Table 4 shows prevalence-dependent diagnostic parameters of the 2 tests. As a whole, the McMurray test displayed a higher diagnostic value than the JLT. Specifically, the accuracy of the McMurray test was far better at low prevalence, with a positive predictive value higher at any prevalence rate. Conversely, the negative predictive value was not substantially different between the 2 tests.
Table 4Diagnostic values of the JLT and McMurray tests as a function of disease prevalence
The most important results from a clinical perspective are depicted in figure 2. In both panels, the upper curve represents the Bayesian posttest probability of the presence of a lesion if the result of the test is positive, for different values of a priori probability. The lower curve indicates the posttest probability of a lesion if the result is negative. For the JLT, a positive test does not modify the probability of the presence of a lesion, whereas a negative result involves only a minor, nonsignificant reduction of the probability (see fig 2A). In contrast, for the McMurray, a positive result has a significant predictive value, mainly for a priori probabilities between 20% and 60% (see fig 2B). Similar to the JLT, a negative result does not significantly reduce the probability of a lesion.
Diagnostic value of the combination of JLT and McMurray tests
Cases with meniscal lesions at arthroscopy were classified as “category 1,” whereas those with no meniscal tears were defined as “category 0.” Positive physical tests were designated as “test 1,” with “test 0” assigned to negative tests. The regression of arthroscopic categories toward physical tests yielded a model described by the following equation: Logit = −.109 + .53 JLT + 1.198 McMurray, with a deviance of 71.98. According to the equation, 74.3% of “category 1” and 41% of “category 0” cases could be correctly classified by physical tests. However, correct classifications appeared to be dependent on the McMurray test only (P=.096), while the JLT test did not increase the probability of formulating a correct diagnosis (P=.35). According to the regression coefficient of the McMurray test, in the case of a positive result, the relative risk (in terms of odds ratio) of a true lesion was 3.31. In summary, the combined application of the 2 tests does not offer advantages over the McMurray alone.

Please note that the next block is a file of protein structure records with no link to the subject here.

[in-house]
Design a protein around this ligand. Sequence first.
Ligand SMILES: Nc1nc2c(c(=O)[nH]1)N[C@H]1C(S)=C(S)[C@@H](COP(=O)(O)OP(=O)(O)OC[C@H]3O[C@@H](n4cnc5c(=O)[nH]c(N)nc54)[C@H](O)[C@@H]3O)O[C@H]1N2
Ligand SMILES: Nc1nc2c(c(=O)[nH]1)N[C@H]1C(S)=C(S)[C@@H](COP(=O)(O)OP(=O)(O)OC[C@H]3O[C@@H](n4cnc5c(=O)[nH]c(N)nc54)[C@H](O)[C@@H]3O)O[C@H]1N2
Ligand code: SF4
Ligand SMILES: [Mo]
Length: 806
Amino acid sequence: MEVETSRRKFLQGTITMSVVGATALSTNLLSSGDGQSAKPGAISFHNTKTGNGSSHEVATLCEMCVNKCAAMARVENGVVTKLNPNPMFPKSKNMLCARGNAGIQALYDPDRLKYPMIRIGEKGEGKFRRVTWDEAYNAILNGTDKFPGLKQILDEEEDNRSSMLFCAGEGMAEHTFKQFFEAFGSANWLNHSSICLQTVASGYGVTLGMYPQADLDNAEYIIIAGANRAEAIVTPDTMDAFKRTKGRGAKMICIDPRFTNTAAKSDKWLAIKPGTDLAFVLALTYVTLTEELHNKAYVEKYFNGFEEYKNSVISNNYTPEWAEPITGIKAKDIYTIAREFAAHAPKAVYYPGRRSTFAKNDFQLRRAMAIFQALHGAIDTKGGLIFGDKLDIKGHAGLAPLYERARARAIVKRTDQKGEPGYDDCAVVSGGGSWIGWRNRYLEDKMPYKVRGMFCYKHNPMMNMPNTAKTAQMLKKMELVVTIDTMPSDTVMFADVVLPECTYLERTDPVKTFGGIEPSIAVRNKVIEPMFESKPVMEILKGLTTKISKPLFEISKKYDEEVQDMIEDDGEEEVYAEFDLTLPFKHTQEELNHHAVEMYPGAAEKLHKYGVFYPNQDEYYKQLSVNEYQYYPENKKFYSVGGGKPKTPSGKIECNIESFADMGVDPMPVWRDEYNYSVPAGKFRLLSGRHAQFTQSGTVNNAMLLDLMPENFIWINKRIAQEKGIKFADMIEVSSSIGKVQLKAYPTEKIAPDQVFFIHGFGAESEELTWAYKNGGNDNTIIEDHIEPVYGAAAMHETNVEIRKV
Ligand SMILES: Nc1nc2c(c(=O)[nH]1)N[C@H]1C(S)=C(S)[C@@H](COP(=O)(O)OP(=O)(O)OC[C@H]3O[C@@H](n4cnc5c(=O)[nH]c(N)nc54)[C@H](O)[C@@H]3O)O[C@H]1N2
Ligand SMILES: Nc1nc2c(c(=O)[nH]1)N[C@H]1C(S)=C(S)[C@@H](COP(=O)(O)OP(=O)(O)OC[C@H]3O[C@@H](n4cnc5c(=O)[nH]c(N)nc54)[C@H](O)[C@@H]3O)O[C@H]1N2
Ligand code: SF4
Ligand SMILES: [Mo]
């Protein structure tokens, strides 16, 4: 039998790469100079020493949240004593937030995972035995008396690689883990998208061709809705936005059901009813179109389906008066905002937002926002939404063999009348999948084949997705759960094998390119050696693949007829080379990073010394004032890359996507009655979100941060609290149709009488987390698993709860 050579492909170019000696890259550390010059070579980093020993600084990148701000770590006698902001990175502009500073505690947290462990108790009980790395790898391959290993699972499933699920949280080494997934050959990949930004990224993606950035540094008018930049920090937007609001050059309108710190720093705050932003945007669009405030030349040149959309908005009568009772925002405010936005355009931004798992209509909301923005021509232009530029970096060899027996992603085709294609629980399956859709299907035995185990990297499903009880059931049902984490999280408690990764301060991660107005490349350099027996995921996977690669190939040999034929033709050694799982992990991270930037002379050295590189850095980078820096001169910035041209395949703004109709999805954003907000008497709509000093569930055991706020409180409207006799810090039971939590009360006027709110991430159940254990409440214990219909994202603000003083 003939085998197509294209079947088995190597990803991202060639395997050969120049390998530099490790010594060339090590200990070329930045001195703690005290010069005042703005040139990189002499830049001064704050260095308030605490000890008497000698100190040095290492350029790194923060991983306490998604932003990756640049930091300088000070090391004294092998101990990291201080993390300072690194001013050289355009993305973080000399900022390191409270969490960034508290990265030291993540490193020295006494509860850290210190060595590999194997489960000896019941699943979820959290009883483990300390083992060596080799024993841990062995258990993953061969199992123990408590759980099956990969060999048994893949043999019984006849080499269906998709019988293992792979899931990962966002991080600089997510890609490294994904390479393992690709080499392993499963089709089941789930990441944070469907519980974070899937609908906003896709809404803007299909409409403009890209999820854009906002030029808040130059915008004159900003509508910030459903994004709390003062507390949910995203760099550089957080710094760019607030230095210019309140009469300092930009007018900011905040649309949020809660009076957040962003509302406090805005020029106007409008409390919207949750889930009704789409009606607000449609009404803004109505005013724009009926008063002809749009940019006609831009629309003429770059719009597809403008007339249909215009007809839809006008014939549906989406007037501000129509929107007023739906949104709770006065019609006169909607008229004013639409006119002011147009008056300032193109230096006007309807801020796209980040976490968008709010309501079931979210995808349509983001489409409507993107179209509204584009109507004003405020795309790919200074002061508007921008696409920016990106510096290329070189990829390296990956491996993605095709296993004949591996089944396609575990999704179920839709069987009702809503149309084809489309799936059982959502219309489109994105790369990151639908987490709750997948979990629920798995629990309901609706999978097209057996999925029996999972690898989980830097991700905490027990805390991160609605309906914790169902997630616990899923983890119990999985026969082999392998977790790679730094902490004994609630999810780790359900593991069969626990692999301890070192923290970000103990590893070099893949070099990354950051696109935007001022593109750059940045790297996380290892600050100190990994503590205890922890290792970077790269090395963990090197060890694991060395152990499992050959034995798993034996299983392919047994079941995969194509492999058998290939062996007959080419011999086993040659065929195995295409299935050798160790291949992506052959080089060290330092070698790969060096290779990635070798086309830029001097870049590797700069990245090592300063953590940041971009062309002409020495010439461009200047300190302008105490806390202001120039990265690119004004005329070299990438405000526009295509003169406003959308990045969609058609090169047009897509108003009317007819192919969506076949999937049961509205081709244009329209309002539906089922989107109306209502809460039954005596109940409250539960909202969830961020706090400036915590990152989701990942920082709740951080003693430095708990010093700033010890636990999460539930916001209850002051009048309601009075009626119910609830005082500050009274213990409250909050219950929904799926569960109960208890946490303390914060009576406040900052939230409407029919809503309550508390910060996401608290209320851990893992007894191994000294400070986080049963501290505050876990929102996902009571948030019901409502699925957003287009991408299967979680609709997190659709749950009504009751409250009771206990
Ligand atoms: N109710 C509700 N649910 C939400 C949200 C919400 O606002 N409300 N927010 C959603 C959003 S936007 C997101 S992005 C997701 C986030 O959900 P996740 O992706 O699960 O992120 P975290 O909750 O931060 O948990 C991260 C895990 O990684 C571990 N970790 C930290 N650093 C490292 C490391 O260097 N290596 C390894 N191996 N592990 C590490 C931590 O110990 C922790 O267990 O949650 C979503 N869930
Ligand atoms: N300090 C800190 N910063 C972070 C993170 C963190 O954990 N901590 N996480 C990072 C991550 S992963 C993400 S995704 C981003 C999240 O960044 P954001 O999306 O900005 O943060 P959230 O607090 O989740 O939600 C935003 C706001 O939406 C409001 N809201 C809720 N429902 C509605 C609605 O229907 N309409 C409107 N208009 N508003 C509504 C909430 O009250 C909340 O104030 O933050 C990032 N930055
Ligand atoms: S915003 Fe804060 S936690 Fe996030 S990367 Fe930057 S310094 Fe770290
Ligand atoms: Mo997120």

The aim of the present study was to determine the diagnostic value of 2 physical tests commonly used in clinical practice for the ascertainment of meniscal lesions: the JLT and the McMurray tests. Our results indicate that the JLT test has 2 significant flaws: (1) lack of interobserver concordance, with high reliance on the examiner's experience; and (2) very low specificity (20%–50%). The latter is consistent with previous studies reporting specificity rates ranging from 5% to 43% in case of medial meniscal tears,
Noticeably, the JLT test specificity would have been higher if participants with no suspected meniscal lesion or no knee pathology at all had been included in our case series, as recommended by some authors.
However, the inclusion of such patients may not provide any clinically meaningful information about the diagnostic efficiency of the test. Indeed, the JLT test is virtually never applied to asymptomatic persons. Furthermore, in our case series, all patients with a positive JLT test had other knee pathologies at arthroscopy, such as cartilage lesions or ligament tears. Therefore, positivity of the JLT test was common to other diagnoses and was not pathognomonic for meniscal injuries, as previously highlighted by Malanga et al.
by other groups and are linked to the principle of the test (ie, perception of a snap). In fact, it is unlikely, even for an examiner who is not well trained, to provide a false-positive result—that is, to perceive a snap when there is none. The main shortcoming of the McMurray test is its low sensitivity, which was already highlighted in other reports.